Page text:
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With Berman, Sherman, and other Dems facing off, Republicans may hold the key

by Jonah Lowenfeld

June 13, 2012 | 2:56 pm

From left: Rep. Howard Berman and Rep. Brad Sherman

This November, Allan Hoffman is going to have a difficult choice to make on Election Day.

A registered Republican since Ronald Reagan first ran for president, Hoffman, who lives in Woodland Hills, voted for Mark Reed in the 30th Congressional District primary on June 5. Reed, one of three Republican candidates on the primary ballot, received just 12.6 percent of votes cast, leaving him well behind the top two vote-getters, Rep. Brad Sherman (D–Sherman Oaks) and Rep. Howard Berman (D–Van Nuys).

Now, thanks to California’s new top-two primary system, Hoffman will have to choose which of the two Democratic incumbents to vote for in November.

This is the first election cycle to test the top-two primary system established by Proposition 14, which was approved by voters in 2010, and the political parties are still trying to figure out how — or whether — to advise their members in elections that don’t include a candidate from their party on the ballot.

For Republicans, party rules include sanctions for those who endorse against a Republican; what’s not clear is what happens if a member endorses in a race with no Republican candidate.

“The new election rules are going to force the parties to evaluate how they are going to engage in self-governance going forward,” Adam Abrahms, regional vice chair of the California Republican Party, said.

Some individual Republicans already have weighed in on both sides of the Berman-Sherman race, but the party is very unlikely to do so.

“We are not making any recommendations,” Gary Aminoff, vice chair of the Republican Party of Los Angeles County (LAGOP), said.

Still, with 26 percent of the voters in the 30th District registered as Republicans, both Berman and Sherman are working hard to win over the votes of non-Democrats — and they’re not the only ones running for office in the Los Angeles area doing so.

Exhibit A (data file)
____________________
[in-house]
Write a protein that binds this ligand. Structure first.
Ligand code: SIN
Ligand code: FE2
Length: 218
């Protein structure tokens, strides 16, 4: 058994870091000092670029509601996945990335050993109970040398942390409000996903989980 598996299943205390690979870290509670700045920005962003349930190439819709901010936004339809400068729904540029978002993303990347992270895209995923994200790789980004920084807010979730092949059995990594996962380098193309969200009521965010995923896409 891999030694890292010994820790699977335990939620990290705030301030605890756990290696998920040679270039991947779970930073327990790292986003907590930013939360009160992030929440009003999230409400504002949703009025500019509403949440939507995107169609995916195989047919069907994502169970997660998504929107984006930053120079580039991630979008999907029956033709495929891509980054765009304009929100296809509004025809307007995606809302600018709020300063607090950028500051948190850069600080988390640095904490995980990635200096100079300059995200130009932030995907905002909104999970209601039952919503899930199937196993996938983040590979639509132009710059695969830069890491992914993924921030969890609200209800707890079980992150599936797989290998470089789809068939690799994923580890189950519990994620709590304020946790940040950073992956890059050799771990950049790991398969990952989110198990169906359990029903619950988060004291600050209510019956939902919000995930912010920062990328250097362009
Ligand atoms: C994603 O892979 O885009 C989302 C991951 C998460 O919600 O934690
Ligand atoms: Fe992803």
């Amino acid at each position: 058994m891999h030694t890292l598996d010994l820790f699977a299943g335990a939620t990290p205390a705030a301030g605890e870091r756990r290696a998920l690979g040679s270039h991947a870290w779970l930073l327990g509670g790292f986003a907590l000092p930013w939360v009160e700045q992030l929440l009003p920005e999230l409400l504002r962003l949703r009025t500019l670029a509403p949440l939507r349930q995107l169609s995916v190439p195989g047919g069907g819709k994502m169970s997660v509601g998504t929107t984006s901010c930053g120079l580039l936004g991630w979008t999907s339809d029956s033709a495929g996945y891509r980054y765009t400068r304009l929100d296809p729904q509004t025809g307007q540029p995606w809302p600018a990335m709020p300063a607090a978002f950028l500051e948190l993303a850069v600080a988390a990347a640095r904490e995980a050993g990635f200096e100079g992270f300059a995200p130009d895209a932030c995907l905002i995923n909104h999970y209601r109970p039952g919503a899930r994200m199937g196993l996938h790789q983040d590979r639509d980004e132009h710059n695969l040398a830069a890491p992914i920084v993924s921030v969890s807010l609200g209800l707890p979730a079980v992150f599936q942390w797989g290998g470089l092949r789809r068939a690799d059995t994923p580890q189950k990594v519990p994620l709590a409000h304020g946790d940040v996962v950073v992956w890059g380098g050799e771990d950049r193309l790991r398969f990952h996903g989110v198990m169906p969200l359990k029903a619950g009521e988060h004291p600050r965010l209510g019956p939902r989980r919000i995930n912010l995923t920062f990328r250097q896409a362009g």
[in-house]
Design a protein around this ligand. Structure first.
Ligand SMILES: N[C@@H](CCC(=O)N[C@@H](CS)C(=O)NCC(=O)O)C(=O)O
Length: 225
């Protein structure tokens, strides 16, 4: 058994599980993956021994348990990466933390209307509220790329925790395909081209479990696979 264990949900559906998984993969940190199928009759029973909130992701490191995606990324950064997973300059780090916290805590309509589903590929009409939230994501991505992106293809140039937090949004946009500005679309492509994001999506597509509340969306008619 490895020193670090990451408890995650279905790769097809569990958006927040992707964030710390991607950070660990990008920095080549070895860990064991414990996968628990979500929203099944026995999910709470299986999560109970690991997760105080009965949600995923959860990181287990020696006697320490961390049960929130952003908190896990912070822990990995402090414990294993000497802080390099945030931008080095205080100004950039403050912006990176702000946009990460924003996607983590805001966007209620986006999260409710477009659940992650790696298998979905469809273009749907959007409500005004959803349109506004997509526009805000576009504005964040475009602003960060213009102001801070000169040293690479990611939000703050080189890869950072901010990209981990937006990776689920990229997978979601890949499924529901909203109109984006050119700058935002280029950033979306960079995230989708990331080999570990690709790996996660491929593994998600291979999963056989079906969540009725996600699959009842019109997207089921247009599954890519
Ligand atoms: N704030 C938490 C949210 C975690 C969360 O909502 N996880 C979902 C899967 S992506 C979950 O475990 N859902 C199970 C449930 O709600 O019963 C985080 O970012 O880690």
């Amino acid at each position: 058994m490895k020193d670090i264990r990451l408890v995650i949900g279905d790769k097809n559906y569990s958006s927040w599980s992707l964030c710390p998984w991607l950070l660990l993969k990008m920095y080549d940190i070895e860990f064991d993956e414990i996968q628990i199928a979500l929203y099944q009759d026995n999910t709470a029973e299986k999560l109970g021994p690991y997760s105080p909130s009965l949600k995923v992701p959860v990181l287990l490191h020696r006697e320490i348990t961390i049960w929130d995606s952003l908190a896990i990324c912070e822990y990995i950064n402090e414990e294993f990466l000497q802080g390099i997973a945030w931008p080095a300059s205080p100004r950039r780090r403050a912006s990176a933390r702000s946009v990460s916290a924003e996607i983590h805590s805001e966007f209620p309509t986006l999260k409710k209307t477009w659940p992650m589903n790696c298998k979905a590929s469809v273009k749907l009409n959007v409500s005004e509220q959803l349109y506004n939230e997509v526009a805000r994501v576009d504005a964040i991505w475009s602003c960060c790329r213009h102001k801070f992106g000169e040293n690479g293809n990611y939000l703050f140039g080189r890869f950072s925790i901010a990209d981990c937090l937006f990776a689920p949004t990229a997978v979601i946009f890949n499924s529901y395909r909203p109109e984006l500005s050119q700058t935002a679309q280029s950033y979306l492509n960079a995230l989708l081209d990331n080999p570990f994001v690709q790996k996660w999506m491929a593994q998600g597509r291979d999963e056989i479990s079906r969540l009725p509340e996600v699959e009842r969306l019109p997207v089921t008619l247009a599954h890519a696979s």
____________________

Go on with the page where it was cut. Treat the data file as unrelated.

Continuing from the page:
In two new Assembly districts with sizable minorities of Jewish voters, the 46th District in the central San Fernando Valley and the 50th District, which comprises most of the Westside of Los Angeles from West Hollywood to Malibu, voters could also face a choice in November between two Democratic candidates vying to represent them in Sacramento.

One Republican candidate ran in each of these strongly Democratic districts, and both managed to win enough votes to ensure that on June 12, when this article went to press, the races were still too close to call. In the 46th District, while Democrat Adrin Nazarian had secured the top spot,  just four votes separated Democrat Brian Johnson and Republican Jay L. Stern, leaving open the question of who will end up in the second spot on the November ballot. Democrat Andrew Lachman trailed by nearly 300 votes.

On June 8, when he appeared to be less than 100 votes behind Johnson, Stern said that if the top two finishers were Nazarian and Johnson, he wouldn’t be making any official recommendations to voters as to which one to choose.

“They’re both equally bad,” said Stern, who said he considers himself culturally Jewish. “I’d say just leave it blank.”

In the 50th District, meanwhile, Republican Brad Torgan, who said he is a member of Congregation Kol Ami, was on June 11 just a few hundred votes behind the Democrats who appeared to have secured the top two spots, Santa Monica Mayor Richard Bloom and incumbent Assemblymember Betsy Butler.

As of June 11, Torgan said he hadn’t conceded the race, but had already been approached by both Butler’s and Bloom’s campaigns. Torgan said that if he did not make it into the top two, he wasn’t sure what he, as an ex-officio member of LAGOP’s central committee, would be allowed to say about either of the Democrats.

“Proposition 14 has created a new paradigm as to what the rules are,” Torgan said. “And I know I’m not the only Republican
in this quandary.”

But according to California Republican Party Chairman Tom Del Beccaro, even if there are no Republicans in some races, the party will be working to get its voters to the polls in the fall. The presidential candidates may not be contesting this reliably blue state, but he said the propositions on the November ballot — including Gov. Jerry Brown’s measure to raise taxes on high-income earners — are too important to concede.

“It’s going to be one of the most dynamic and important elections in California, probably since 1992,” Del Beccaro said.

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